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Wisconsin tailback Dare Ogunbowale uses the draw play to rack up a season-high 120 rushing yards

Seeing seldom carries come his way this season, Wisconsin tailback Dare Ogunbowale still has a purpose in the Badgers' offense, something he proved with his season-high 120 rushing yards in No.11 Wisconsin's 23-17 overtime victory over No.7 Nebraska

MADISON - Heading into Saturday’s prime-time matchup against the fifth top-10 team on Wisconsin’s 2016 schedule, running back Dare Ogunbowale had run the ball only 53 times for 218 yards and one rushing touchdown, a stark change from a year ago when he was the team’s lead back.

Yet, even with the full knowledge that he would likely be the team’s third option at tailback, the senior never wavered, complained or bemoaned his bad luck. It’s the reason his teammates voted him a captain, and perhaps why karma was on his side.

Even with a healthy Corey Clement and the emergence of redshirt freshman Bradrick Shaw, Ogunbowale showed once again how valuable he was to the Wisconsin offense with a career-high 120 rushing yards on only 11 carries, jumpstarting and sustaining UW’s rushing attack in its 23-17 overtime win against No. 7 Nebraska.

“Dare, he came up big,” Wisconsin head coach Paul Chryst said. “He hadn’t been doing a ton of running out of our three wides (wide receiver sets). I thought that had a pretty good plan going in. Kids executed and I thought that he ran hard, and I thought he was decisive. I thought it was a huge part of getting us going.”

Eight of Ogunbowale’s 11 carries were out of the three wide receiver set, known as “11” personnel (one running back, one tight end). He rushed for 110 yards in that grouping, mostly on a draw-type play that spread defenders out on the field. That allowed Ogunbowale, who possesses a mean first cut step, to average 13.8 yards per touch from that look.

“Being able to spread those guys out and hit perimeter runs with Dare, who’s so shifty and quick side-to-side, and that’s his skill set,” center Michael Deiter said. “It was just something that was going. We noticed that, and we just kept going back to it because it was there. It was something that was encouraging to see.”

Ogunbowale attributed the success of that formation not just to his play, but to an improving offensive line that now has rushed for 236, 167 and now 223 yards in three consecutive weeks.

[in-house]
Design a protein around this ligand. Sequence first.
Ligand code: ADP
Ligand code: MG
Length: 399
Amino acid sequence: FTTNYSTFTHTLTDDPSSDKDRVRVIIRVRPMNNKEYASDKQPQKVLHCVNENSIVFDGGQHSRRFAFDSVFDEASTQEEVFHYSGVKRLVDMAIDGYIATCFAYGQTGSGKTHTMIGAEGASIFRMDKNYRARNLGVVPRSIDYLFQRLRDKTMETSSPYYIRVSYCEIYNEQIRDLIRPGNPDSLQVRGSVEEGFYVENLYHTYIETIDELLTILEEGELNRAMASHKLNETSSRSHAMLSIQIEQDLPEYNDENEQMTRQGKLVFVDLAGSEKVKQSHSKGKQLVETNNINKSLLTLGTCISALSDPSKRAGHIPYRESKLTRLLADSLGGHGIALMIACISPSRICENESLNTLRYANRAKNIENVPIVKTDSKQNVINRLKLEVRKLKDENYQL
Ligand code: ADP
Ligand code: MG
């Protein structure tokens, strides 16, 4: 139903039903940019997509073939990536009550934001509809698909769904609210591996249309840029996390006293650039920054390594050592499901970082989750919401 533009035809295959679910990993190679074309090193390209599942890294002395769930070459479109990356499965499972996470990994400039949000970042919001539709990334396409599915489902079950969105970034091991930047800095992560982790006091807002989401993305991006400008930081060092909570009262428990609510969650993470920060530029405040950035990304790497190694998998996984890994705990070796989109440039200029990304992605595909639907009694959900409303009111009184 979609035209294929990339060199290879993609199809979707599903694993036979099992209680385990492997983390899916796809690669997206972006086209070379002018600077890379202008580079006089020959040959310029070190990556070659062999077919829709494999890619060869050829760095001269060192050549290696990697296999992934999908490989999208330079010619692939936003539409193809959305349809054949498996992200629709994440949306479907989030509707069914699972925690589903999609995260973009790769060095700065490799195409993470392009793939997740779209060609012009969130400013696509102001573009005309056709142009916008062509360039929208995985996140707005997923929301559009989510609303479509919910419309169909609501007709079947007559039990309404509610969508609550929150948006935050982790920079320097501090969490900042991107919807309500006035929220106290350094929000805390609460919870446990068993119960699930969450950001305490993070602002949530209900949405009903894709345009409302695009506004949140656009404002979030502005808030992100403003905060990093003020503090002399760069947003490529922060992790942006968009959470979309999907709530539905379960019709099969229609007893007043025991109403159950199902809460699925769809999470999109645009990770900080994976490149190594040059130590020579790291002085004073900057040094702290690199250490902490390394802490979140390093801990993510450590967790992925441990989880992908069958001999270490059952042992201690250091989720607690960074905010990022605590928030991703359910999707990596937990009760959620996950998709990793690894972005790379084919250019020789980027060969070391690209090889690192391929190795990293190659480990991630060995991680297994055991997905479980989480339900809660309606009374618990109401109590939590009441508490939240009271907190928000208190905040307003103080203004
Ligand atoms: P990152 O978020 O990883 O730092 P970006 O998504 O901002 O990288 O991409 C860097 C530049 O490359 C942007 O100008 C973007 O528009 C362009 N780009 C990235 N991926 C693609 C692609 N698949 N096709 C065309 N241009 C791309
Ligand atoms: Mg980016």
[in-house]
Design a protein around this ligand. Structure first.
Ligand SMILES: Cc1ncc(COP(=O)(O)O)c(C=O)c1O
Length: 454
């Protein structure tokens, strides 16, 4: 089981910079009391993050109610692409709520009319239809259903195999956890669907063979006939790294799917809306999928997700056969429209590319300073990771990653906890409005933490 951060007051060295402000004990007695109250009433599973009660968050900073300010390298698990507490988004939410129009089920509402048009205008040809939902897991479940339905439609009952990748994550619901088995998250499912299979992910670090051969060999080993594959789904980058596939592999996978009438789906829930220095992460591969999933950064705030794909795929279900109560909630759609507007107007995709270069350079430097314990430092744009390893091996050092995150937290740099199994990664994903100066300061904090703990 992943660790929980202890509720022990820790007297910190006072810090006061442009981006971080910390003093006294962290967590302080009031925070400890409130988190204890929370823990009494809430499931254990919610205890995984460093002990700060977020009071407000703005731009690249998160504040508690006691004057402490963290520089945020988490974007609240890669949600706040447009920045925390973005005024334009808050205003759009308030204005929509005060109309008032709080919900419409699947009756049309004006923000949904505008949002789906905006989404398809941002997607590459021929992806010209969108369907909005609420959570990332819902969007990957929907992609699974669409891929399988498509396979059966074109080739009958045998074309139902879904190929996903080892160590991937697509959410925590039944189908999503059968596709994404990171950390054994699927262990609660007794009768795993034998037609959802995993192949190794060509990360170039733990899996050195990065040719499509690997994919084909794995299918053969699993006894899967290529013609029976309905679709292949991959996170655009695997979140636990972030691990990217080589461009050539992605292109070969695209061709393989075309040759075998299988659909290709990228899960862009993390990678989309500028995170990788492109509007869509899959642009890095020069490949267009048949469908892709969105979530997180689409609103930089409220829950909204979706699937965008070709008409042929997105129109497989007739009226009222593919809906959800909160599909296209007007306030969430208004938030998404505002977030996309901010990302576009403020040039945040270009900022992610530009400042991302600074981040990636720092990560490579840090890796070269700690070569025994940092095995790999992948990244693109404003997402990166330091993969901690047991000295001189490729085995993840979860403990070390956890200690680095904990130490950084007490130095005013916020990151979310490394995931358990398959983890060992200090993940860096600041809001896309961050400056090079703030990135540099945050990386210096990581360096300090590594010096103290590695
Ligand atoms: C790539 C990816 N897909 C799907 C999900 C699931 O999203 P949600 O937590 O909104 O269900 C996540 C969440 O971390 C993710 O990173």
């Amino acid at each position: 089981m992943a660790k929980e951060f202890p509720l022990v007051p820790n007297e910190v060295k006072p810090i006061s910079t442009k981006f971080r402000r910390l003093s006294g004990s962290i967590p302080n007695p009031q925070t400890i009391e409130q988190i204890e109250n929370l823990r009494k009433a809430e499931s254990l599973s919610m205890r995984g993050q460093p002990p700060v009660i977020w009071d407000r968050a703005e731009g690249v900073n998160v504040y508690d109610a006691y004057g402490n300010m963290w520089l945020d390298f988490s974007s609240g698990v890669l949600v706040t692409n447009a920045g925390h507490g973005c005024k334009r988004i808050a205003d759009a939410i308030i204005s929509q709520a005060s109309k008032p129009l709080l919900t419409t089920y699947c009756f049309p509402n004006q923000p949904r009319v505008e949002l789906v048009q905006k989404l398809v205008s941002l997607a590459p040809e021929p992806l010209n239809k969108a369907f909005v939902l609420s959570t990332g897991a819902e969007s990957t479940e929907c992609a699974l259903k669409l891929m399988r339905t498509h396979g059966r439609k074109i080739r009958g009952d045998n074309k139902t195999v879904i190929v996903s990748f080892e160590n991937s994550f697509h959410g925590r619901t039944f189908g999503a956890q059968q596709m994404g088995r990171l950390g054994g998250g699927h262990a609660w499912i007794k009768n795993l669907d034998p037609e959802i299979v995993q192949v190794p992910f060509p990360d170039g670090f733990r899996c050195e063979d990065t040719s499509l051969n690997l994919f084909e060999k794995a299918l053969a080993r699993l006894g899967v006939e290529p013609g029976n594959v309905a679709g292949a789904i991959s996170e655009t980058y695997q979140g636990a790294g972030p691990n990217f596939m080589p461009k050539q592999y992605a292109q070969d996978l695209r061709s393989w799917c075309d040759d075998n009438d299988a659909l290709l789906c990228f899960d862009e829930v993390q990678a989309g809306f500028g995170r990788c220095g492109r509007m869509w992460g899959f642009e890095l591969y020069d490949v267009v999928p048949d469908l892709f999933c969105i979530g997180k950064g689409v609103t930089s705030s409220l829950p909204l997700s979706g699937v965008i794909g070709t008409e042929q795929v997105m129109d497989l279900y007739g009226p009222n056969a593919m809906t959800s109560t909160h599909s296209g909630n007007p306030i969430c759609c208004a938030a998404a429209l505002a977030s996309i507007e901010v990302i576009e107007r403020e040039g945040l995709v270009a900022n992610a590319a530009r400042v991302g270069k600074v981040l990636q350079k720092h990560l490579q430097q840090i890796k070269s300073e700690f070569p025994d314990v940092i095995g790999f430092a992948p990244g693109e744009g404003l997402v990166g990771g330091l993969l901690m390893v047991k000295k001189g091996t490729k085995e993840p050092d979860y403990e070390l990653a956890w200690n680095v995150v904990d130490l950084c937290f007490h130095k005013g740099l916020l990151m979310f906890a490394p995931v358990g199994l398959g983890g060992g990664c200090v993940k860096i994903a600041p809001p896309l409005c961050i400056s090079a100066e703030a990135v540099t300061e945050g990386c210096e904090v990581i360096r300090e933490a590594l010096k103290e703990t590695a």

“Guys just taking that extra step to contact and running past the whole so the backs can be in those 1-on-1s we want to be in,” Ogunbowale said. “Honestly, that’s the biggest thing. I would say it wasn’t what Nebraska was showing us but what we were doing.”

The redshirt senior found success with the apparent stretch draw starting in the second quarter, rushing for 14 yards on a third-and-10 to move the chains. On Wisconsin’s first offensive series of the second half, he ran out of that 11 personnel grouping twice for a combined 32 yards. The drive was capped off by Alex Hornibrook’s nine-yard touchdown pass to receiver Rob Wheelwright to extend Wisconsin’s lead to 17-7.

On five of Ogunbowale’s 11 carries, he ran for over 10 yards. That included a 39-yard run on second-and-6 from the UW 14-yard line to put Wisconsin in Nebraska territory, though a Bart Houston interception erased any chance of a scoring opportunity with UW up by a field goal.

Ogunbowale’s contributions to the rushing game cannot be overstated. Without his performance, Wisconsin’s offense only gained 103 yards on 27 carries - only a 3.8 yards per carry average.

“You get him in space, you better watch out because he can really move,” tight end Troy Fumagalli said. “They did a good job of stopping the power run game, so we had to spread him out. That’s when we go to Dare, and I think he did a great job of it.”

His last run out of that successful personnel grouping ultimately decided the game in overtime. On second-and-8 from the Nebraska 11, Ogunbowale took the handoff and ran off the left side of the offensive line, cutting inside on pulling guard Jon Dietzen’s kickout block and following left tackle Ryan Ramczyk. After heading back outside off of Ramczyk, he found his way to the left corner of the end zone for the go-ahead touchdown.

The score, and subsequent defensive stop the ensuing drive by Wisconsin’s defense, secured the program’s third win over a top-10 program this season - the first time it’s been done in school history. “It was big,” Ogunbowale said. “We have guys playing tough all season and coming up short in situations obviously that we don’t want to, and for us to get that, win a close game like that for 60-plus, was awesome.”

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